Wolverine Loses Ground


     WASHINGTON (CN) - Despite its public image as a fierce fighter, the wolverine is no match for the relentless march of climate change that is steadily melting away the spring snowpack the animals use for denning. The U.S. Fish and Wildlife Service has released twin proposals to protect the diminishing North American wolverine population, according to the agency's press release.
     A proposal to establish a nonessential experimental population (NEP) in Colorado to reintroduce the species into part of its historical range is dependant on the finalization of a separate proposed rule to designate the wolverine as a threatened species under the Endangered Species Act, the agency said.
     In the early 1900s, the ferocious weasel-family member was trapped and poisoned to the brink of extinction in North America. Since that time, the population has recovered somewhat due to state protections. The current estimated population for the lower 48 states is 250 to 300 animals. Now the species is most threatened by climate warming.
     "Wolverines require habitats with near-arctic conditions wherever they occur. In the contiguous United States, wolverine habitat is restricted to high-elevation areas in the West. Wolverines are dependent on deep persistent snow cover for successful denning, and they concentrate their year-round activities in areas that maintain deep snow into spring and cool temperatures throughout summer," the proposed rule noted.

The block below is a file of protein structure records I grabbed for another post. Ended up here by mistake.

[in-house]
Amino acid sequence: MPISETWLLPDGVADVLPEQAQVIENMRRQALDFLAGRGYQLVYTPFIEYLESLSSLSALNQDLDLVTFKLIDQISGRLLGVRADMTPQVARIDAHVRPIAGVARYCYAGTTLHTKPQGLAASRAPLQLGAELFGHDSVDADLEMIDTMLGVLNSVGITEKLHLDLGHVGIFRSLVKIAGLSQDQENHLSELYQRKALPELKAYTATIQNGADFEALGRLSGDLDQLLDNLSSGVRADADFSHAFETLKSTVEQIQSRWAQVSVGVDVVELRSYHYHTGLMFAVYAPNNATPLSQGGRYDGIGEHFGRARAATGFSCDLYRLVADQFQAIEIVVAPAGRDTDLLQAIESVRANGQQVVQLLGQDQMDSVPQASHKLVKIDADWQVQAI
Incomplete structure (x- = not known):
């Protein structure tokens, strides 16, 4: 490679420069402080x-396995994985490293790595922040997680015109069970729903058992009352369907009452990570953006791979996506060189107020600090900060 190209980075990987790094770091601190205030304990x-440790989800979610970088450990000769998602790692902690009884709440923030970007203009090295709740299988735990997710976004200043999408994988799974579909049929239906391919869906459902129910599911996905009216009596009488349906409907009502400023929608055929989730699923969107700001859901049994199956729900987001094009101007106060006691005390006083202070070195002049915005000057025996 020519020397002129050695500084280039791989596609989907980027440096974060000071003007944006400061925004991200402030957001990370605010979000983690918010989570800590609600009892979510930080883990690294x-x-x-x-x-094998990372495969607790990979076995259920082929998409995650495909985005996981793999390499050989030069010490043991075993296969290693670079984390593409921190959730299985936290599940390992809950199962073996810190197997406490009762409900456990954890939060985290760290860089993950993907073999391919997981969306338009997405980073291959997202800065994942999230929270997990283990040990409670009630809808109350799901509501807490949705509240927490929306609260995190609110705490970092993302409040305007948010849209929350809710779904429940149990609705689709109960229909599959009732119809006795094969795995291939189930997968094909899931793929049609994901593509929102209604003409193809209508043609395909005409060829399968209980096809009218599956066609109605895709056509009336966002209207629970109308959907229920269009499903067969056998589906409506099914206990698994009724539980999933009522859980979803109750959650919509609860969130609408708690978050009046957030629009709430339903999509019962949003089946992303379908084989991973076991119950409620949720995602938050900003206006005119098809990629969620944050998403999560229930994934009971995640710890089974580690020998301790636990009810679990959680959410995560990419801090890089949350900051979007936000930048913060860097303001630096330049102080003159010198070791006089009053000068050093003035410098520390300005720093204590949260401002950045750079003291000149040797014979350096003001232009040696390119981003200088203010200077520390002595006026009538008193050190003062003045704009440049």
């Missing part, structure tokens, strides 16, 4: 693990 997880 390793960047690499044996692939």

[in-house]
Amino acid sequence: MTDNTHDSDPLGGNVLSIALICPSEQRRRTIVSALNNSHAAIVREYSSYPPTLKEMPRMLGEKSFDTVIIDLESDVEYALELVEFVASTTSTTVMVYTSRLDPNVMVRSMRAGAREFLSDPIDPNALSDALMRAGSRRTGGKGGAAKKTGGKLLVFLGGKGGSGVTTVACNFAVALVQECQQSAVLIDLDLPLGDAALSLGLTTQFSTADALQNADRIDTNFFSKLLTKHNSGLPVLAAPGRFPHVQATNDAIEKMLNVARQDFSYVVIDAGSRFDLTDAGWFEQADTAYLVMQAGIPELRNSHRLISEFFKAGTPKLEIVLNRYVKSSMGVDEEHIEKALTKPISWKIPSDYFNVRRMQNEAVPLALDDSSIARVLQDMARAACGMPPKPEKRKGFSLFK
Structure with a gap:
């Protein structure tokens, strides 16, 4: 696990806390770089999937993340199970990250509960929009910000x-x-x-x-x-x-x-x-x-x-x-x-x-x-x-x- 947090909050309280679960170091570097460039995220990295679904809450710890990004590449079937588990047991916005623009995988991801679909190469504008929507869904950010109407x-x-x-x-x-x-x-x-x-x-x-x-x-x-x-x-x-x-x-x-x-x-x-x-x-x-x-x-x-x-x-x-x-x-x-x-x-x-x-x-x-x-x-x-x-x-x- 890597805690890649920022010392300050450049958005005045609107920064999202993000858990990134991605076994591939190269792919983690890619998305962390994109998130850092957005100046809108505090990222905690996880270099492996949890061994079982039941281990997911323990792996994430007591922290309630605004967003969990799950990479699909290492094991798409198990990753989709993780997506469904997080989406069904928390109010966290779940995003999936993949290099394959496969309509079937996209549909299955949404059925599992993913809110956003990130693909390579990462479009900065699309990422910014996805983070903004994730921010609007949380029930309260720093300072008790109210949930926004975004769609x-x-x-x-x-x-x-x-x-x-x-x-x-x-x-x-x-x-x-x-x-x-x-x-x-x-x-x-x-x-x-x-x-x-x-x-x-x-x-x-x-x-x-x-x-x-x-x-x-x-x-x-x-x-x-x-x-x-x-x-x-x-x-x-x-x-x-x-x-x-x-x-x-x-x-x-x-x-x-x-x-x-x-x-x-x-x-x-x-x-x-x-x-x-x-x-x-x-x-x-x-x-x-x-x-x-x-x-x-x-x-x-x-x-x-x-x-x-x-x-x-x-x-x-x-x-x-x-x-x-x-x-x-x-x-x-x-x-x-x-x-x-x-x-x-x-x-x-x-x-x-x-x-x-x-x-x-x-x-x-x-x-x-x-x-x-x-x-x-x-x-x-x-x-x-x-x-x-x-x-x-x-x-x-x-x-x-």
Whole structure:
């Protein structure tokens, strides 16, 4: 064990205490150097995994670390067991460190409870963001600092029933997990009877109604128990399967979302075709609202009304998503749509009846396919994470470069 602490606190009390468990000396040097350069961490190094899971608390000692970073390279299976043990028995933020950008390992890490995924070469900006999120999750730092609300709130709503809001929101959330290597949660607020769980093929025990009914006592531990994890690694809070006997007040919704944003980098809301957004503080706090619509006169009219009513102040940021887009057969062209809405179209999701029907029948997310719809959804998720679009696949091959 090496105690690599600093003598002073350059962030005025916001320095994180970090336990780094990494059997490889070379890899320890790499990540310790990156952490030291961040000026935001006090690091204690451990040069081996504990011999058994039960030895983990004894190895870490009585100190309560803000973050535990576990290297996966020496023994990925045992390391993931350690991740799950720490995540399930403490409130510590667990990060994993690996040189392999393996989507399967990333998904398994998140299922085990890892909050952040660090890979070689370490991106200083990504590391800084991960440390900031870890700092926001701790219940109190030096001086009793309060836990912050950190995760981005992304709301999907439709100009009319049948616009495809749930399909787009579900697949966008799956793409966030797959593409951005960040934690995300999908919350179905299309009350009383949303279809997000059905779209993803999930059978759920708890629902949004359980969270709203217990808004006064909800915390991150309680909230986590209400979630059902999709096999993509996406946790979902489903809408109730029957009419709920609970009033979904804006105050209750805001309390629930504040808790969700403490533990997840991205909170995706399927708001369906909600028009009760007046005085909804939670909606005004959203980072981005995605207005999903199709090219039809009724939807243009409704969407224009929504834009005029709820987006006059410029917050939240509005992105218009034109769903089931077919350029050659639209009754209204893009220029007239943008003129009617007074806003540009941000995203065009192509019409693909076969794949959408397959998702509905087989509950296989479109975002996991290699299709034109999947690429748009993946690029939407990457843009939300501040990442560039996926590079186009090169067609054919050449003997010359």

The distinct population segment of wolverines in the contiguous United States is considered a metapopulation which is "composed of a network of semi-isolated subpopulations, each occupying a suitable patch of habitat in a landscape of otherwise unsuitable habitat." In addition to providing appropriate denning sites, the dense snowpack facilitates movement of individuals between subpopulations to prevent inbreeding. Subpopulations can contain as few as ten individuals, according to the action.
     The listing proposal is in response to a settlement with the Center for Biological Diversity (CBD) requiring the federal agency to speed listing decisions for 757 species. Once the proposed listing is finalized, the proposed NEP in Colorado can be established.
     "Endangered Species Act protection for wolverines will likely put an end to plans by the state of Montana to allow wolverine trapping. It also will mean a likely reintroduction of the animals to Colorado, with [the] rule allowing for wolverines to be moved to the state under relaxed regulations that defines released animals as experimental and nonessential. Similar rules have been used to reintroduce wolves to Yellowstone National Park and the Southwest and black-footed ferrets to several areas," the CBD noted in its statement.
     Once a species has listing protection under the Endangered Species Act, a special section of the act allows for the establishment of experimental populations to reintroduce animals into parts of its historic range. These experimental populations contribute to the conservation of the species, but are considered to be nonessential if the loss the experimental population would not endanger the overall survival of the species, as in this case, the agency said.
     Comments on the listing proposal are due May 6. Three public information sessions and hearings will be held in Colorado, Idaho and Montana.
     Comments on the proposed NEP are also due May 6, and one public hearing will be held in Colorado.